as possible," the New York Times reports. "The risk of student suicides has quietly stirred many district leaders,
leading some, like the state superintendent in Arizona, to cite that fear in public pleas to help mitigate the virus's
spread." The rise in adolescent suicides and other mental health crises have not yet been definitively linked to school
closures and other pandemic-related lockdowns through codified data, but common sense dictates that these are obviously and
undeniably significant contributing factors. This has been clear for months, with experts continuing to weigh in.
Data from Europe and the United States have also consistently shown that schools are not major COVID spreaders, further
calling into question long-term closure and remote learning policies.
An Open Letter
From a Teacher to His Peers. Across the country, there are two sides of this battle and often we're caught in
the middle. On one side, you have the teachers and unions advocating we stay out of school until impossible demands are
met: every teacher should be vaccinated, every student should be vaccinated, the virus completely eradicated, or whatever
other measure is set. Some districts have fought to meet one of these demands, only for another to be put up in its
place, with districts racing to meet those. On the other side of this battle, you have political advocates and parent
activists demanding a change, either in the employment status of the dissenters or to the system that would be a total reform
few districts would be prepared for. They want to fund the students and their families rather than the schools.
They want to increase options for school choice so that parents and students seeking an open school can send their child to one.
Teachers Union releases interpretive dance video as part of objection over returning to work. As the standoff
between city government officials and the Chicago Teachers Union over reopening the Windy City's public school system has now
reached the White House, the CTU released a video over the weekend that has received pushback. The video features six
of the Chicago public school system's dance teachers, expressively depicting their yearning for safety as they are being
pressured to return to work. The performance, shot in various locations, is entitled "The Moment We're Safe."
Union vs. Biden. The Chicago Teachers Union (CTU) this weekend vetoed Joe Biden's plan to reopen schools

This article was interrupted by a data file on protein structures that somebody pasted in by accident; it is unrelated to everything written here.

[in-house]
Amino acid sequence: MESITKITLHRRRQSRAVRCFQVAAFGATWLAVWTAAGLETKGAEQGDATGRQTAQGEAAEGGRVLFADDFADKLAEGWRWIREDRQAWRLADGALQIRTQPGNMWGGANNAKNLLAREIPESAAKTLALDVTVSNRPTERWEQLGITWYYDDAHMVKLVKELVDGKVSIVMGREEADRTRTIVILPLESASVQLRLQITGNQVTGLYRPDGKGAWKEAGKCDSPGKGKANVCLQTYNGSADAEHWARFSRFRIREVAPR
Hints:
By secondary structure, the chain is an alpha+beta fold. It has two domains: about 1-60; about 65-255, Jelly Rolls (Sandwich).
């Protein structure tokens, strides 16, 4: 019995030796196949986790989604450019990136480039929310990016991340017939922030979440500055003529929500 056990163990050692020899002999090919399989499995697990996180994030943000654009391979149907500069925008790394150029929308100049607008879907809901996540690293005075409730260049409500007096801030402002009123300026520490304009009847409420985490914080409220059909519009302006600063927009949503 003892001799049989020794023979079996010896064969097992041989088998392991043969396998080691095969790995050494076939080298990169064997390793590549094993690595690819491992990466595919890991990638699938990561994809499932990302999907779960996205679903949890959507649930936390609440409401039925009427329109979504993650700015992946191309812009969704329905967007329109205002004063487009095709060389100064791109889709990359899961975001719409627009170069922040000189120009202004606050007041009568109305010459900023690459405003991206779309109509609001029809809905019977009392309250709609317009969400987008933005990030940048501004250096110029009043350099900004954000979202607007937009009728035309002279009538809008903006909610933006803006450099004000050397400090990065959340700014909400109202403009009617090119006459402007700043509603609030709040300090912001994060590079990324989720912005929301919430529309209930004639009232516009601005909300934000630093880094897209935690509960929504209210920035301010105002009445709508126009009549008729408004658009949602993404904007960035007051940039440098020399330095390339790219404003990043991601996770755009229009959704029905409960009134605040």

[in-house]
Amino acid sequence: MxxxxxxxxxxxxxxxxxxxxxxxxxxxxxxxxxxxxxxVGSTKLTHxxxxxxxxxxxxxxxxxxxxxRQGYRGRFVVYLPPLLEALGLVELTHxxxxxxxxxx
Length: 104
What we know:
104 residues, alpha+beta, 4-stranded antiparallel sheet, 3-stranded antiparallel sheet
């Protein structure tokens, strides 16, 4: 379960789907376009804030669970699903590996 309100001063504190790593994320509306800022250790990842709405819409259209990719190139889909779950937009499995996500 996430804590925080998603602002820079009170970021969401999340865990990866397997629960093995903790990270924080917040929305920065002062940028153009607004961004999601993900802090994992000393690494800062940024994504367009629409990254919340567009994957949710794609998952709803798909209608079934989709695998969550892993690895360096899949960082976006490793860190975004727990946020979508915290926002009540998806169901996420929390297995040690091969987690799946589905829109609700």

during his first 100 days by voting to continue remote learning indefinitely. The union is taking kids hostage to
extract more money from Congress with no guarantee that it will release them if it does. Chicago's Board of Education
had required K-8 teachers to show up at schools on Monday to prepare for a return to in-person instruction on
Feb. 1. The union doesn't care. Seventy-one percent of CTU voting members rejected a return to in-person
learning until schools are "safe" — meaning whenever teachers feel like going back.
Union President Claims It is 'White Privilege' to Worry about Children Committing Suicide During School
Closures. Scott Wilson, who serves as president of the Pasco Association of Educators in the state of
Washington, claimed on a Zoom call earlier this month that it is "white supremacy" to consider reopening public schools and
any concerns over children committing suicides while isolated and away from school is "white privilege." Additionally,
Wilson claimed that reopening schools would be the equivalent of letting rioters storm into the U.S. Capitol. "There
are decisions to be made. You stand on the lawn of the U.S. Capitol as people break down barriers and head to the
doors. Do you follow?" Wilson asked on the call. "You stand at the governor's mansion. The crowd breaks
down barriers to enter the grounds. Do you follow? Or do you choose a different way? We must not ignore the
culture of white supremacy and white privilege."
Teachers Unions vs. COVID Microschooling. Every Thursday morning, Arizona parent Marta Mac Ban
dresses her six-year-old daughter in khaki shorts and a navy blue shirt and takes her to a neighbor's house to study with
other children. Participants recite the Pledge of Allegiance, review the calendar and collaborate on enrichment
activities. Other days during the week, Mac Ban teaches her daughter at home. The routine is new for
the family, which did kindergarten in the Cave Creek Unified School District until March. That's when COVID-19 forced
an abrupt switch to Zoom. Mac Ban, who tries to limit her daughter's screen time, quickly opted out. "She's
not going to sit still for hours at a time staring at a computer," Mac Ban says. Many families across the United
States have made similar moves during the past 10 months, as teachers unions have lobbied to keep campuses closed.
The showdown in Chicago, where union members have refused to resume in-person instruction, is just one example.
Gov: Seniors Should Be Willing to Die for the Teachers' Union. In 2020, the title for the Nation's Worst
Governor indisputably went to New York's Cuomo. But in 2021, Governor Kate Brown of Oregon is trying to make an early
bid for the job by vaccinating teachers ahead of seniors. Brown's plan to put her union base, who are not at risk,